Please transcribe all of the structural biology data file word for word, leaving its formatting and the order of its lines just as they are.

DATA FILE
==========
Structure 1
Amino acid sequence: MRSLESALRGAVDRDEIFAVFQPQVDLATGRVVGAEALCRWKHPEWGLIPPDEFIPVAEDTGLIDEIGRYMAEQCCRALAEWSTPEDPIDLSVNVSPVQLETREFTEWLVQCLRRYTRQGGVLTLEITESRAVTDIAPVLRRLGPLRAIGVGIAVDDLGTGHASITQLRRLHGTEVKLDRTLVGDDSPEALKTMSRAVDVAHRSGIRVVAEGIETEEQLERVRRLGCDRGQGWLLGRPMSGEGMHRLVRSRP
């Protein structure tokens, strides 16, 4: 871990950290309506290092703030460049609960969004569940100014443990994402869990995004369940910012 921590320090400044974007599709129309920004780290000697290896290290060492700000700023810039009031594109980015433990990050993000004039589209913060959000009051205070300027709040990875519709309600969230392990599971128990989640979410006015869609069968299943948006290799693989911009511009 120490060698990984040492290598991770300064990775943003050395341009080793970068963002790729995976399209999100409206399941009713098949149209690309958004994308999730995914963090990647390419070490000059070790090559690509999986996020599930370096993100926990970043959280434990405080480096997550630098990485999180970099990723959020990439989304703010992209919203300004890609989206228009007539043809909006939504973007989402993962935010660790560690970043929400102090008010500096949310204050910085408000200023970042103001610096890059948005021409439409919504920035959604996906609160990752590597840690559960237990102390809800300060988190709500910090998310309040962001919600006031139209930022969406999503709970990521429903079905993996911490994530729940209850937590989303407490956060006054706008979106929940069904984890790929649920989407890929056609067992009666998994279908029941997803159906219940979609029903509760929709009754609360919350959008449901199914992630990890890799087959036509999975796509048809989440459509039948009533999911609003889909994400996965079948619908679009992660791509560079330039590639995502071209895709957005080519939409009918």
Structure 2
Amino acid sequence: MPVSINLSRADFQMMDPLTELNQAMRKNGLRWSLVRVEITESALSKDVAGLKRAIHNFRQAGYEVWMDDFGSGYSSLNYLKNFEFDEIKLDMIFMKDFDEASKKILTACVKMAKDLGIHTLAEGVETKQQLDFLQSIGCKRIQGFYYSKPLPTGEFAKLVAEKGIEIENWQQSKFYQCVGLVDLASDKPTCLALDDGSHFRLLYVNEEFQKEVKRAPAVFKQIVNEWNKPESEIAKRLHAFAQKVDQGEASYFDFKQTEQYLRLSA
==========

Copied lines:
Structure 1
Amino acid sequence: MRSLESALRGAVDRDEIFAVFQPQVDLATGRVVGAEALCRWKHPEWGLIPPDEFIPVAEDTGLIDEIGRYMAEQCCRALAEWSTPEDPIDLSVNVSPVQLETREFTEWLVQCLRRYTRQGGVLTLEITESRAVTDIAPVLRRLGPLRAIGVGIAVDDLGTGHASITQLRRLHGTEVKLDRTLVGDDSPEALKTMSRAVDVAHRSGIRVVAEGIETEEQLERVRRLGCDRGQGWLLGRPMSGEGMHRLVRSRP
């Protein structure tokens, strides 16, 4: 871990950290309506290092703030460049609960969004569940100014443990994402869990995004369940910012 921590320090400044974007599709129309920004780290000697290896290290060492700000700023810039009031594109980015433990990050993000004039589209913060959000009051205070300027709040990875519709309600969230392990599971128990989640979410006015869609069968299943948006290799693989911009511009 120490060698990984040492290598991770300064990775943003050395341009080793970068963002790729995976399209999100409206399941009713098949149209690309958004994308999730995914963090990647390419070490000059070790090559690509999986996020599930370096993100926990970043959280434990405080480096997550630098990485999180970099990723959020990439989304703010992209919203300004890609989206228009007539043809909006939504973007989402993962935010660790560690970043929400102090008010500096949310204050910085408000200023970042103001610096890059948005021409439409919504920035959604996906609160990752590597840690559960237990102390809800300060988190709500910090998310309040962001919600006031139209930022969406999503709970990521429903079905993996911490994530729940209850937590989303407490956060006054706008979106929940069904984890790929649920989407890929056609067992009666998994279908029941997803159906219940979609029903509760929709009754609360919350959008449901199914992630990890890799087959036509999975796509048809989440459509039948009533999911609003889909994400996965079948619908679009992660791509560079330039590639995502071209895709957005080519939409009918």
Structure 2
Amino acid sequence: MPVSINLSRADFQMMDPLTELNQAMRKNGLRWSLVRVEITESALSKDVAGLKRAIHNFRQAGYEVWMDDFGSGYSSLNYLKNFEFDEIKLDMIFMKDFDEASKKILTACVKMAKDLGIHTLAEGVETKQQLDFLQSIGCKRIQGFYYSKPLPTGEFAKLVAEKGIEIENWQQSKFYQCVGLVDLASDKPTCLALDDGSHFRLLYVNEEFQKEVKRAPAVFKQIVNEWNKPESEIAKRLHAFAQKVDQGEASYFDFKQTEQYLRLSA